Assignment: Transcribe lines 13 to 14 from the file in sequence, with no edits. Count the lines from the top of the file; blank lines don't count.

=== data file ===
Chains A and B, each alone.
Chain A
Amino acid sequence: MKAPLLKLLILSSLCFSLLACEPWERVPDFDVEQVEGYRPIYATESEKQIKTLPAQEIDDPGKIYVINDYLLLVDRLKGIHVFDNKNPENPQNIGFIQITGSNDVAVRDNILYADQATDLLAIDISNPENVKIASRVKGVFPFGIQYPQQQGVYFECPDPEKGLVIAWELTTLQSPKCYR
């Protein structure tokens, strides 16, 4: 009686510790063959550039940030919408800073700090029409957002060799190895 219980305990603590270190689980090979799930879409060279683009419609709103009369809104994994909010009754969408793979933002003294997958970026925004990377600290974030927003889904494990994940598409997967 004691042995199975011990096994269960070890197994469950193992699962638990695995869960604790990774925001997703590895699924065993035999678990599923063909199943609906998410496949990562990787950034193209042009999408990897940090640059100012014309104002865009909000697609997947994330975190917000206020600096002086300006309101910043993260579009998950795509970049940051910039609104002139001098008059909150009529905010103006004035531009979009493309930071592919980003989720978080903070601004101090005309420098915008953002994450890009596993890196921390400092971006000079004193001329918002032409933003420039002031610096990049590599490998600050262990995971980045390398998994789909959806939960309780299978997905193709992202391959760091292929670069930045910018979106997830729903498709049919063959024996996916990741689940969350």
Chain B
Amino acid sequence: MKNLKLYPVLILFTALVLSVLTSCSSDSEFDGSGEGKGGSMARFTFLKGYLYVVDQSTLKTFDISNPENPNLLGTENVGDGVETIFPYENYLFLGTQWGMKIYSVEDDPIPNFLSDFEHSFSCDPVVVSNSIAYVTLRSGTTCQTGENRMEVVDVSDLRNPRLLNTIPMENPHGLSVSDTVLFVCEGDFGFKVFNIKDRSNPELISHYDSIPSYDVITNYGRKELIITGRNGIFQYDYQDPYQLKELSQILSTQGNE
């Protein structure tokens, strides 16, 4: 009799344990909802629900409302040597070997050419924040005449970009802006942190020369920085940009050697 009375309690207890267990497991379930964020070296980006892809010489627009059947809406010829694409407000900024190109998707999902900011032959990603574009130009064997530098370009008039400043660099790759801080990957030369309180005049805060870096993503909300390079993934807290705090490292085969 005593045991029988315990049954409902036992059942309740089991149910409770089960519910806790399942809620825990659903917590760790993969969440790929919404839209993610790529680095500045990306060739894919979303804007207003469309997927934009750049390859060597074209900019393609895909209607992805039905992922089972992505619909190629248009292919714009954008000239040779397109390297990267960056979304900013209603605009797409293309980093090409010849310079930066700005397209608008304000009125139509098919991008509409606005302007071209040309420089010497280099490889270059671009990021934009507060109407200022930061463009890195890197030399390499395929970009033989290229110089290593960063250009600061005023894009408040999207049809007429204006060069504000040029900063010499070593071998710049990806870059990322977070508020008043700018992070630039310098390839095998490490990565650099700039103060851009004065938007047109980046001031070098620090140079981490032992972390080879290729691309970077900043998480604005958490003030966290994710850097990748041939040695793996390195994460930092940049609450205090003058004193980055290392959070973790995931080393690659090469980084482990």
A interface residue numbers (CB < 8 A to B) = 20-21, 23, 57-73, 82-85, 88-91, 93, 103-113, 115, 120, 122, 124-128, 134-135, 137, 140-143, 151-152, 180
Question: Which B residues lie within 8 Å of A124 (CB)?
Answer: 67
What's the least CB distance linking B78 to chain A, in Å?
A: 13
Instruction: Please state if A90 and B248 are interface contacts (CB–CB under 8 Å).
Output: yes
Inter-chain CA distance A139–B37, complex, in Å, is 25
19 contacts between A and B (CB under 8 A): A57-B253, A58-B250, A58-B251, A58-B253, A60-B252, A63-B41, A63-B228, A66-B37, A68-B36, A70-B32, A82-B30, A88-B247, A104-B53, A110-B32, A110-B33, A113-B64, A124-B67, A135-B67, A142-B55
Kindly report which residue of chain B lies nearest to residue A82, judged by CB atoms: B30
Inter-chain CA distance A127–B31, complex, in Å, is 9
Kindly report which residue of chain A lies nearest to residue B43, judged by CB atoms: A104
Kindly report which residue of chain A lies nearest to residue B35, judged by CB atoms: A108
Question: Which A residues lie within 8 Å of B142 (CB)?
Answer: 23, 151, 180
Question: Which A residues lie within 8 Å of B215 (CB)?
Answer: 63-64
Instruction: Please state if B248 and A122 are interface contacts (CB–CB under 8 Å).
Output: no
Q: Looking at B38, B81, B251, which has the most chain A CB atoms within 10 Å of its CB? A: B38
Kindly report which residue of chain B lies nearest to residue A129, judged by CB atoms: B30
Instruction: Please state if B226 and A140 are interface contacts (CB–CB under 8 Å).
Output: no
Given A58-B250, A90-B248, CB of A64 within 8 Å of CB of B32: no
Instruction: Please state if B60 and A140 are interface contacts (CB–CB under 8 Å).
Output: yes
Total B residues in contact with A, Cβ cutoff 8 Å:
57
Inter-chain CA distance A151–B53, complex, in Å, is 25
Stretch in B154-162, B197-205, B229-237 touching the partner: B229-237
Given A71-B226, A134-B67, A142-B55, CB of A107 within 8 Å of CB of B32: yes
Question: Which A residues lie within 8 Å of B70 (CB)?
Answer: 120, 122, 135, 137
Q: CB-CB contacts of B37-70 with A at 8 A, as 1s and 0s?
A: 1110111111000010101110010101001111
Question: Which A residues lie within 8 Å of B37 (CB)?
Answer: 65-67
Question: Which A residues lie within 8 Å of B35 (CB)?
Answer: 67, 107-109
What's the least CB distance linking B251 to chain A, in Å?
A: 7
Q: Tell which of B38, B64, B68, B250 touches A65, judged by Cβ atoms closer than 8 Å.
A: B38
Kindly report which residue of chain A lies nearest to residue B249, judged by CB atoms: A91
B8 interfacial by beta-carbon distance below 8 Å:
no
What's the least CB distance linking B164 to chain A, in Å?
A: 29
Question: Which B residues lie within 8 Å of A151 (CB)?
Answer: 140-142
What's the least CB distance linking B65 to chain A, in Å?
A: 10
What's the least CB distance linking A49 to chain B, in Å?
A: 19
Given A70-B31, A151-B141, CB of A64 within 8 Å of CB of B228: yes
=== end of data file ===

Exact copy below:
Instruction: Please state if A90 and B248 are interface contacts (CB–CB under 8 Å).
Output: yes